British PM to push EU for easing Pakistan trade terms, says a report

LONDON, (APP) – The British Prime Minister David Cameron is pressing the European Union to agree a new regime of trade concession to Pakistan to alleviate the damage done by flooding in the South Asian nation. According to a report in ‘The Guardian’ Cameron is determined to push the Pakistan emergency to the top of the agenda at the European Union Summit taking place in Brussels to alleviate Pakistan’s plight in the medium term.The report said Britain is keen to give Pakistan what is described as “enhanced access” to the EU markets to help stabilise the country in the wake of the war in neighbouring Afghanistan.Over the summer Cameron reached out to President Asif Ali Zardari by saying he would fight hard to give Islamabad preferential access to the EU.
A failure in the EU negotiations may harm Cameron’s attempts to soothe relations with Islamabad after he caused great offence by saying that Pakistan was exporting terrorism, the report added.
Cameron has written to Herman Van Rompuy, the president of the European Council,  to call for “a concrete political commitment from the EU to Pakistan to enhance significantly its access to the EU market in the short term.”

In the letter, also sent to other European leaders, Cameron said: “I am absolutely convinced that we need to agree a significant measure on trade which delivers greater market access in the short term.”

Senior British diplomats argued that the scale of the Pakistani crisis meant that it was the most pressing issue for the summit, although Van Rompuy barely mentioned Pakistan in outlining his plans for the meeting.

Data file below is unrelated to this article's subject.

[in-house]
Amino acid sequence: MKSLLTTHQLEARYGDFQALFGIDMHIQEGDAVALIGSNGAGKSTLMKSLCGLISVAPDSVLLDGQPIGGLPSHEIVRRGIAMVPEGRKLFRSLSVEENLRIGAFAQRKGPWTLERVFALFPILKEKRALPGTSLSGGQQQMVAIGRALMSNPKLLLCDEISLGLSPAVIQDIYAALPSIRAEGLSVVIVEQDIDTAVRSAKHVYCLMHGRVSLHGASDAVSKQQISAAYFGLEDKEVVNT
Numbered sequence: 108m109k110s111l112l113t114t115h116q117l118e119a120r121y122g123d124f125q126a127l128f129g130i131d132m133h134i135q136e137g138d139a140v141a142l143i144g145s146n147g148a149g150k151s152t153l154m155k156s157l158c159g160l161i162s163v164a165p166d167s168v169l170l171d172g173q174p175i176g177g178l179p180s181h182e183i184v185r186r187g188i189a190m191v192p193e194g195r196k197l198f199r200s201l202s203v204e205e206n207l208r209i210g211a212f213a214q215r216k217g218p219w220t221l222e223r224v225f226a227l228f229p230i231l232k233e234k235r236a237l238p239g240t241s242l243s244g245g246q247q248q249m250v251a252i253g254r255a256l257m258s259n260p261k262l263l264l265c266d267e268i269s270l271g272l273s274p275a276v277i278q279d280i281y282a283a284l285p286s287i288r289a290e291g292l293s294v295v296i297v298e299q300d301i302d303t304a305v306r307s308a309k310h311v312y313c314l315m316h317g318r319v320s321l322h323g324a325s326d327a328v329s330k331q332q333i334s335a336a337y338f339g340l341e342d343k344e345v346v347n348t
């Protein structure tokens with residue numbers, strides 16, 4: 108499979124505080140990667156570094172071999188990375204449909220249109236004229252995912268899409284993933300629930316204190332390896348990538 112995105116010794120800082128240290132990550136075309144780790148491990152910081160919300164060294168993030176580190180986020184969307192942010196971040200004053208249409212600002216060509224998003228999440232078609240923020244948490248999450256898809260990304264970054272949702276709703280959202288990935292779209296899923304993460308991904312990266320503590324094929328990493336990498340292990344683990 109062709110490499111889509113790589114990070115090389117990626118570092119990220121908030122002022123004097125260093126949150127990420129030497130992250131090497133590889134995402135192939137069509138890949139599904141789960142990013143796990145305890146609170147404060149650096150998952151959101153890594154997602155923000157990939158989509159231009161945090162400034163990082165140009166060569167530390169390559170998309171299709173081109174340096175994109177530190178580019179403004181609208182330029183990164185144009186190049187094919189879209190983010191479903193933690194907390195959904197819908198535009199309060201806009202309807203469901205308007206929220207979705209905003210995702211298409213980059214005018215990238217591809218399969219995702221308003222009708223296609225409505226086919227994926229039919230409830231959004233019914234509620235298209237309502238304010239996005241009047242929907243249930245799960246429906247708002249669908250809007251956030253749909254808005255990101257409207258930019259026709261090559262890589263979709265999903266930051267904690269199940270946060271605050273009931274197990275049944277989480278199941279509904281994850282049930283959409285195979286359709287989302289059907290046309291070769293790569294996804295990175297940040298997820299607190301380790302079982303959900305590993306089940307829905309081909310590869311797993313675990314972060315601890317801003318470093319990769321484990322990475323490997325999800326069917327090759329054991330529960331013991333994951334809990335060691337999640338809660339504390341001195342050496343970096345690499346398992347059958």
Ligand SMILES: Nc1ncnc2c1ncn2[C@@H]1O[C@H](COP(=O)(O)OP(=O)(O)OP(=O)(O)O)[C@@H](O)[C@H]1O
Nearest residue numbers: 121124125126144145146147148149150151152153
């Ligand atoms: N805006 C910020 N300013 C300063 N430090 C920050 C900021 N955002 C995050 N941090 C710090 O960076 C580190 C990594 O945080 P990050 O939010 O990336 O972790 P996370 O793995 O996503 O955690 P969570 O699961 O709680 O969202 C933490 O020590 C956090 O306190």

The paper said the British push for trade privileges for Islamabad will be resisted by the EU countries with big textile industries that fear having their markets flooded with cheap goods from the region. At least four countries, including Portugal, Italy and France, are reluctant to give trade privileges.

“There are problems getting them on board. Each option is complicated,” admitted a senior British diplomat. “There is a risk of raising this as an objective and failing to deliver.”

The concessions to Pakistan could entail reducing tariffs on its exports or the EU suspending the tariffs unilaterally, but, apart from opposition within the EU, this could also run into problems with the World Trade Organisation. The EU has already committed more than 191 million pounds in emergency aid and flood relief to Pakistan, with the UK the biggest single EU national contributor at around 64 million pounds.

The paper noted that Brussels is planning a five-year “engagement plan” with Pakistan, but Cameron insisted that the EU must do more.  “We should go beyond that to set out an ambitious new partnership on serious economic reform and trade, the benefits of which will be worth more to Pakistan than even a sizeable aid package.”  – App